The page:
We also need to consider the move towards a linear system of assessment centred around terminal exams. Currently, all students of English Literature and will be examined on the following:
- 1 x 19th Century novel
- Any two of 18 poems from the 18th-21st Century
- 1 x post-1945 text
- 1 x Shakespeare play
Students will be expected to know all of these texts-and memorise quotations from them-because unlike in previous years (WJEC aside), the exams will be closed-book. That is, students will not have the texts in the exams with them. This means, that to achieve the top grades, students will need to commit to memory a wide array of quotations from twenty one different literary works spanning three hundred years. And this is just one subject among many. A Twitter poll that is ongoing, 81% of respondents who have recently trained as teachers have not been trained on cognition and how the memory works. This is appalling. There are adults sending students into exams where they will be expected to remember lots of information off the top of their heads, without even a basic understanding of working and long-term memory; with no idea about the spacing effect and the testing effect; with no idea about chunking and retrieval practice. If you are someone who does not know what these terms refer to, are you willing to pass it off as SLT’s responsibility? ‘It’s their job to give me some CPD on this stuff.’ Because, right now, there are teachers all over the land, who aren’t being given CPD on this stuff, but they know it because they’ve sought it out, in their own time and of their own accord. They’ve bought books and they’ve read them.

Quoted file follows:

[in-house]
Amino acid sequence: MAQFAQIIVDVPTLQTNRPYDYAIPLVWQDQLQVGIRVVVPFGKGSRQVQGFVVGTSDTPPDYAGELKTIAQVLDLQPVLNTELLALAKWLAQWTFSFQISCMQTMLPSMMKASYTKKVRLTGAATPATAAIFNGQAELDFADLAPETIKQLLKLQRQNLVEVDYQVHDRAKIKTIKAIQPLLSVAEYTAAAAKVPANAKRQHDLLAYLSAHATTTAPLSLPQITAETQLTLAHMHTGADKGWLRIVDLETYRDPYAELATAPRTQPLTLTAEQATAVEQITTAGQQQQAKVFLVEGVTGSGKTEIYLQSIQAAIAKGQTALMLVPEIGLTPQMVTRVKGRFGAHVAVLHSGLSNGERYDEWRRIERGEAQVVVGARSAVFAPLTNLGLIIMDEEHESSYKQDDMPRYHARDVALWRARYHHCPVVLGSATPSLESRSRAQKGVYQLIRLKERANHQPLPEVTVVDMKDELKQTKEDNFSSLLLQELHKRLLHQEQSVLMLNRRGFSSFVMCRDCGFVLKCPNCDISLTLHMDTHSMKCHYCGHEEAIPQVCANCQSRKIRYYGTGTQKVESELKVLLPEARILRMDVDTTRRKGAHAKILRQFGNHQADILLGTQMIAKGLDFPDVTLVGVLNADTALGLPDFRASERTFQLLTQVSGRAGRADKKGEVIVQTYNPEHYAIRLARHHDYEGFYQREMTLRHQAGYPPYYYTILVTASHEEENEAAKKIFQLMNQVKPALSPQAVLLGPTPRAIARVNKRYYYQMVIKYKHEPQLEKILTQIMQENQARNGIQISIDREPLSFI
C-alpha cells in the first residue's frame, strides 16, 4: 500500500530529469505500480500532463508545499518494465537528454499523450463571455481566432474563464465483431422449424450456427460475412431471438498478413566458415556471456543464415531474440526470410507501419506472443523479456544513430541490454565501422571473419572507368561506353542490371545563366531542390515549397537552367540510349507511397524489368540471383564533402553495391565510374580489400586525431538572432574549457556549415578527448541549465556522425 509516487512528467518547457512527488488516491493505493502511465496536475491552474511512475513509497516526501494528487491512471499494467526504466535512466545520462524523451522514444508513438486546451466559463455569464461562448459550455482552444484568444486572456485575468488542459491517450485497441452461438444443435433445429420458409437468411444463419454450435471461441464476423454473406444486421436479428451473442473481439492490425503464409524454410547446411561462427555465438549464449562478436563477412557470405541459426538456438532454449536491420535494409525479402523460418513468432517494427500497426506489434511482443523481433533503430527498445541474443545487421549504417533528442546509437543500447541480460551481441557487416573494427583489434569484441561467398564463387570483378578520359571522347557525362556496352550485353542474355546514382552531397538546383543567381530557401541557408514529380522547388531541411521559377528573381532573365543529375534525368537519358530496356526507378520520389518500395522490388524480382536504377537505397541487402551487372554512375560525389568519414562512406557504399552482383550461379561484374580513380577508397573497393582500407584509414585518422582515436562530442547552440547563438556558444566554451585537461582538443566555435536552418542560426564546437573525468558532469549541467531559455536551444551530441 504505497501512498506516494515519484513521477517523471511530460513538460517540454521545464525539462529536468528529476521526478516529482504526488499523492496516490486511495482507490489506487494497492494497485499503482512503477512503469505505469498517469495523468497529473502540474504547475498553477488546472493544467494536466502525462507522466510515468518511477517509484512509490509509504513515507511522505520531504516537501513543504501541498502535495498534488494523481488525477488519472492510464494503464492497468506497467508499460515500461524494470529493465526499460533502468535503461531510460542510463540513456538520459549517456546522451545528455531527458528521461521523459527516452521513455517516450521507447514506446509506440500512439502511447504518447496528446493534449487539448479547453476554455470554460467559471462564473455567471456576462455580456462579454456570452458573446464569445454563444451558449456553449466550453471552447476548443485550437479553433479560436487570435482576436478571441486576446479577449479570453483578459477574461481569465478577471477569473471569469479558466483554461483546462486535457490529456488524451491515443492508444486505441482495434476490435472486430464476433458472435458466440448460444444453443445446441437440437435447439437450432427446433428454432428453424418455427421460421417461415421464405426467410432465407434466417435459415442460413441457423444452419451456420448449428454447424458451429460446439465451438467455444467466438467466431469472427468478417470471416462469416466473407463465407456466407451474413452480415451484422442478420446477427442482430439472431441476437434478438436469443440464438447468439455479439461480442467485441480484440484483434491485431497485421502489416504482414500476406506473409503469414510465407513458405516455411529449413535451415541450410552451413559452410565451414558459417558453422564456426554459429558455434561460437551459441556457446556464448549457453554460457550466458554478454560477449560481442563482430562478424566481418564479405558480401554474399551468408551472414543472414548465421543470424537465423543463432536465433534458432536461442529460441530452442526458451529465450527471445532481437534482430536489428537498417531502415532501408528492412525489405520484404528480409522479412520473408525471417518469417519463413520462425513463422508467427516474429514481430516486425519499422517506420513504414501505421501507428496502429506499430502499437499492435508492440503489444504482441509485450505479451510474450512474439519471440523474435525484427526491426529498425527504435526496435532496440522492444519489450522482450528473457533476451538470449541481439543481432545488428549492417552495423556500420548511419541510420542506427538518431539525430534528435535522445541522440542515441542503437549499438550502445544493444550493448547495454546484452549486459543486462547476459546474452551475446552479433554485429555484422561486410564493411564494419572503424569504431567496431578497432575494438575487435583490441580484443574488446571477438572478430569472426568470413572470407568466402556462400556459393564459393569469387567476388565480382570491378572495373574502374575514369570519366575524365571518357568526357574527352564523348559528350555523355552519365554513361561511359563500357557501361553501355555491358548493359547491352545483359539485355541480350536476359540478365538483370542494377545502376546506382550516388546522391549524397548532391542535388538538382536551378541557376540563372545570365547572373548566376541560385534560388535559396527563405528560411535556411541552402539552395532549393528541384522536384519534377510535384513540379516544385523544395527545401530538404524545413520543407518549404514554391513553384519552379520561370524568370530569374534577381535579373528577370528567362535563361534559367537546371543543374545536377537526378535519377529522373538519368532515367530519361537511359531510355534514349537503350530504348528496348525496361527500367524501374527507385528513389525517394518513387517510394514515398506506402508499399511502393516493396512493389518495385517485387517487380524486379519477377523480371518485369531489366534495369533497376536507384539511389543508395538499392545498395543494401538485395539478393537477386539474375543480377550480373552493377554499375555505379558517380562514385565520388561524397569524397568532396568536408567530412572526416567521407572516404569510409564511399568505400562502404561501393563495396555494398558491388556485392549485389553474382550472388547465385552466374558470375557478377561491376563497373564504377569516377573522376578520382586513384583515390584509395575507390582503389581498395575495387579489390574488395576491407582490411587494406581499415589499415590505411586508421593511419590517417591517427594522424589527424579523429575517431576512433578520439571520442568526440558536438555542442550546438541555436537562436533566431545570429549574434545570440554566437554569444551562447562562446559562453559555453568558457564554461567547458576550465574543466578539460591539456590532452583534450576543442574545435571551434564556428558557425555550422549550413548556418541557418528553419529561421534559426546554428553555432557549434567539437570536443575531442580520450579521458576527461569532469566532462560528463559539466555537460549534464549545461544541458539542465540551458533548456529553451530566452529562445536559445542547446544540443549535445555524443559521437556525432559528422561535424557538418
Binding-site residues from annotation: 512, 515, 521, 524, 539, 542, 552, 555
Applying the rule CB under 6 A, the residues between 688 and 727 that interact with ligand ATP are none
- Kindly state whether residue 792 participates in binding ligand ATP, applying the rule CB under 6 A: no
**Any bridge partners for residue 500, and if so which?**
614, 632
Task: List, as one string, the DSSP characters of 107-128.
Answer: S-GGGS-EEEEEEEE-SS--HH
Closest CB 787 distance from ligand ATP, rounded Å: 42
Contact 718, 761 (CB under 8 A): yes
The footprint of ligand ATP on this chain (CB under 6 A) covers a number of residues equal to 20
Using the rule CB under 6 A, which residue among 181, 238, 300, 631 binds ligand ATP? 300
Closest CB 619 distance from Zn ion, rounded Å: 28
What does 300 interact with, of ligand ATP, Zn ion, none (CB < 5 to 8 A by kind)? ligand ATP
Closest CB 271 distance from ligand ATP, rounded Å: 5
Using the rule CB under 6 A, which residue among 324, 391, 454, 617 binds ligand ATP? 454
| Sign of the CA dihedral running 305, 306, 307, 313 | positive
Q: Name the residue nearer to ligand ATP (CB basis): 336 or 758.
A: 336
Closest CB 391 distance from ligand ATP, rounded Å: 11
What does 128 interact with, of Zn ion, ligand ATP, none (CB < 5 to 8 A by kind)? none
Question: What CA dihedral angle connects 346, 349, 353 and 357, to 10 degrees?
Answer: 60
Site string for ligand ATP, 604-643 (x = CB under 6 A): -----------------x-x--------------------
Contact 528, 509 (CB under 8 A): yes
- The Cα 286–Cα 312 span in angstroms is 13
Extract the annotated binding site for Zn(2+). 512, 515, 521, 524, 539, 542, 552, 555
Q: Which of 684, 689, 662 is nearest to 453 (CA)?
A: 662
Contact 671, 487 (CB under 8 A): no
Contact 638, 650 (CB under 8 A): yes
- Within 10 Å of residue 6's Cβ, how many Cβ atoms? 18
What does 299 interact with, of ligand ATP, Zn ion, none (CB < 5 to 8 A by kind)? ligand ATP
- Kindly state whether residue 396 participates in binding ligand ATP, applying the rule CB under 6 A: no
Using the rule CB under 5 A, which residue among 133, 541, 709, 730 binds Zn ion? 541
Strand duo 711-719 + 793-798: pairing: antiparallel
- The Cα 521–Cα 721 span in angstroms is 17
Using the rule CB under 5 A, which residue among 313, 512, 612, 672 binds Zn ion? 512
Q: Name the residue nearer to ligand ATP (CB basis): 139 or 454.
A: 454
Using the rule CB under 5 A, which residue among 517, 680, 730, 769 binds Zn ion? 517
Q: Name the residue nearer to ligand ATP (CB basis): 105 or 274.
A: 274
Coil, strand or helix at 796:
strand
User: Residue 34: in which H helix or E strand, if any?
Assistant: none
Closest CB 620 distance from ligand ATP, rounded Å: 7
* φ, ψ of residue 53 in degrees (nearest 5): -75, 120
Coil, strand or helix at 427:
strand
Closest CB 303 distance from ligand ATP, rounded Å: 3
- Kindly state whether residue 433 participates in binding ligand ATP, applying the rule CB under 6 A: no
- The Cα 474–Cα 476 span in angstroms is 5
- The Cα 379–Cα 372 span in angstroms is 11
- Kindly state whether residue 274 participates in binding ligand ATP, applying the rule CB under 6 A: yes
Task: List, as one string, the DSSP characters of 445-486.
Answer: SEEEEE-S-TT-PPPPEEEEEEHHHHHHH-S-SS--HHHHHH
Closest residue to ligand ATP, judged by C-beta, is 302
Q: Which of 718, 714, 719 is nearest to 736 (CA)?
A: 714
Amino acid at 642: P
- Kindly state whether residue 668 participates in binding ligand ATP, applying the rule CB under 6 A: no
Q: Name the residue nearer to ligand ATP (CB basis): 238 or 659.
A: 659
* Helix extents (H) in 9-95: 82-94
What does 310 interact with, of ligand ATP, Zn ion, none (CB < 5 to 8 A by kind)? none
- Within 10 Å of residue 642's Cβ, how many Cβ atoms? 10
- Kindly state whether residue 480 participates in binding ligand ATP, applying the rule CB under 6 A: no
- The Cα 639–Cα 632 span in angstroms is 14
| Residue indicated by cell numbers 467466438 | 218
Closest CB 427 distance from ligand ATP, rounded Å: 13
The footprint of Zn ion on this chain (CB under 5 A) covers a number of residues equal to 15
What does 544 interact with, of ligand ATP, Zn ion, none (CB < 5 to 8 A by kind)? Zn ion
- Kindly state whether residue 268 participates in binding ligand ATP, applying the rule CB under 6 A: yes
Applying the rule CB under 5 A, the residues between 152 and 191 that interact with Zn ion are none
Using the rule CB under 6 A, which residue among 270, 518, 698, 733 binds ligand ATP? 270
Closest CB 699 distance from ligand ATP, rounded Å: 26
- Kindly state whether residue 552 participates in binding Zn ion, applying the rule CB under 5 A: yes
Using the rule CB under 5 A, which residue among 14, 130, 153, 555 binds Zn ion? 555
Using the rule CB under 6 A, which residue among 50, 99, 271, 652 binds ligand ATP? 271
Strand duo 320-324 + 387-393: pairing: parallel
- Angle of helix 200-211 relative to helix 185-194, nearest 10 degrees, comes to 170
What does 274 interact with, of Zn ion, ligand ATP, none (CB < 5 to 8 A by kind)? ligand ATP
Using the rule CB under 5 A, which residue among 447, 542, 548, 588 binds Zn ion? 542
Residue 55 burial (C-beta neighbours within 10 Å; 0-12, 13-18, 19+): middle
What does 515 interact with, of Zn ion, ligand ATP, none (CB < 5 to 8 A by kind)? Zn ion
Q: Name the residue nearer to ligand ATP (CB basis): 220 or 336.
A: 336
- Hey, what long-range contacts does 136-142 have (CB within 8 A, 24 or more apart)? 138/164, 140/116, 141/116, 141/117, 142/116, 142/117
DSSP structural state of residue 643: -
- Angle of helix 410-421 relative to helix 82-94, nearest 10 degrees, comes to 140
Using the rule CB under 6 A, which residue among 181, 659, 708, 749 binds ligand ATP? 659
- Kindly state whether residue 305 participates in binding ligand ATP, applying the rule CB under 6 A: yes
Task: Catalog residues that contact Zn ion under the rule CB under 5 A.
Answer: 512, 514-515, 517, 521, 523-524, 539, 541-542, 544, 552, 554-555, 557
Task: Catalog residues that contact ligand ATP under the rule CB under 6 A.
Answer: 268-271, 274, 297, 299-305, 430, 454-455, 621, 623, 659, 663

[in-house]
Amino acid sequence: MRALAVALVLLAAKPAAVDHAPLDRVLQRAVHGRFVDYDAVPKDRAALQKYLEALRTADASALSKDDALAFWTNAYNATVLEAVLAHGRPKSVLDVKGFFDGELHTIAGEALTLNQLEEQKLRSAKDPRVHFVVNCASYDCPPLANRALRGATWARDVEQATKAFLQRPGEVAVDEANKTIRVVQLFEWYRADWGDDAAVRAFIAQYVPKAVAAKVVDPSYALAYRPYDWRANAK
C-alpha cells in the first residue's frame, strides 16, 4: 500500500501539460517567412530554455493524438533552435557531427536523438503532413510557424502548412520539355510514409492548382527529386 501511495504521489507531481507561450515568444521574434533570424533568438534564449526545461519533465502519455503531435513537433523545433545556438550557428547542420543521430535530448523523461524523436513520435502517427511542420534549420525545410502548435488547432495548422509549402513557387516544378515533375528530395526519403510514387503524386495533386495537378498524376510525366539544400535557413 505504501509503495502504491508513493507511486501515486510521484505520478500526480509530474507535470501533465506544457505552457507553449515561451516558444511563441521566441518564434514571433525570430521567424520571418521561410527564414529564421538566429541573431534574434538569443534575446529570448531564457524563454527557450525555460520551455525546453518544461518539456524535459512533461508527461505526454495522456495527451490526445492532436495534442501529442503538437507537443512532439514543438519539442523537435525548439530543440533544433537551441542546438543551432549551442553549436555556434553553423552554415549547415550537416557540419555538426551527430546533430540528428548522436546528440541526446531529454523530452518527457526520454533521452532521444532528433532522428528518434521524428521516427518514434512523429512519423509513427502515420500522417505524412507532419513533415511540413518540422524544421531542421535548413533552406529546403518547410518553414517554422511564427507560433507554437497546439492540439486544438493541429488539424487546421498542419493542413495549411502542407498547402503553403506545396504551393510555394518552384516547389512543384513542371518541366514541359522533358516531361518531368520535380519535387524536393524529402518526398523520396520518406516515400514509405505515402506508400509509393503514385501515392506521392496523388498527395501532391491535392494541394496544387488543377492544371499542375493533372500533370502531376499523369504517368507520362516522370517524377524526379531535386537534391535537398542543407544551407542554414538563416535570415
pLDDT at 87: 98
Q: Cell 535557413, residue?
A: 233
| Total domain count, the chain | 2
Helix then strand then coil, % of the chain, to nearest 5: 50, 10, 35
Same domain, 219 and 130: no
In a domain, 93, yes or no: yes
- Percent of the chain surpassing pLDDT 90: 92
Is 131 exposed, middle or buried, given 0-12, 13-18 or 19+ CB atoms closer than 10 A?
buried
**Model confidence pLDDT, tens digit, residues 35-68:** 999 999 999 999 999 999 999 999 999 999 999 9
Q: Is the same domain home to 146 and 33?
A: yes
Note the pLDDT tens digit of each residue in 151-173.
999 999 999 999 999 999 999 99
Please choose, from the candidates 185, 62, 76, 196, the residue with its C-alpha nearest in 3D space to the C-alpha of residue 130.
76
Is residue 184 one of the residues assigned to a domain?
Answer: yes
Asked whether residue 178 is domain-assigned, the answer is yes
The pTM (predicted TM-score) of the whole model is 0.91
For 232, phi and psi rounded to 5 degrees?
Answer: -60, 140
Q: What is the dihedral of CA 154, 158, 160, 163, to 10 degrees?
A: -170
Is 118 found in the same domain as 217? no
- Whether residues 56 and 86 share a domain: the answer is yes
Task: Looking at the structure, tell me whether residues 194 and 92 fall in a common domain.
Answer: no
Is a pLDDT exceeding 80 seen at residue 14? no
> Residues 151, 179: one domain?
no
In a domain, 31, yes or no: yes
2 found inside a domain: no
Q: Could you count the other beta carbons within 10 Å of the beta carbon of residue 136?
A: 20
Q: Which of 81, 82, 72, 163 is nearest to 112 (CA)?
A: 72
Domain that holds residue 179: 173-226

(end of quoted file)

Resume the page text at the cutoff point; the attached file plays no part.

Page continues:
Reading books builds empathy. Studies such as the this one have shown that reading improves ‘a reader’s capacity to understand what others are thinking and feeling.’ In his excellent blog on teacher-student relationships, Carl Hendrick cites research that suggests that teachers who share common ground with students could potentially get better results than teachers who don’t. In his excellent, ‘Reading Reconsidered’, Doug Lemov makes note of the fact that the brain doesn’t discriminate between actual lived experiences and read experiences. That is, reading about an experience or subject, in terms of how the brain processes the ‘memory’ of that experience or subject, is no different from having actually experienced it yourself. So, unless you want to spend your evenings playing Minecraft, trampolining, or bottle-flipping, reading about these things (although flippin’ dull) could help you to better understand those students you teach who are doing these things (not necessarily at the same time) day-in, day-out. And teachers who understand their pupils- and reading is a gateway to better understanding, remember-could get better results than those who don’t.
Of course, school leaders have a responsibility to make things easier for us. As I’ve said before, SLT should abolish onerous marking policies. I even think theirs a case for making flawed Marking practices- such as spending inordinate amounts of time ticking and flicking through books- something to looked at- and dealt with-quite seriously.
And yet, we have a responsibility too.
Doctors do it. Lawyers do it. So why not us? Without us- and forgive me for blowing our collectively owned, albeit metaphorical, brass instrument here- there’d be no doctors and there’d be no lawyers. It is our duty to better ourselves and it is our duty to do so because if we ain’t getting time (and we’re not by the way), we need to make time. We need to make time for the students who will one day become the doctors that cure cancer and the lawyers who fight for the needy.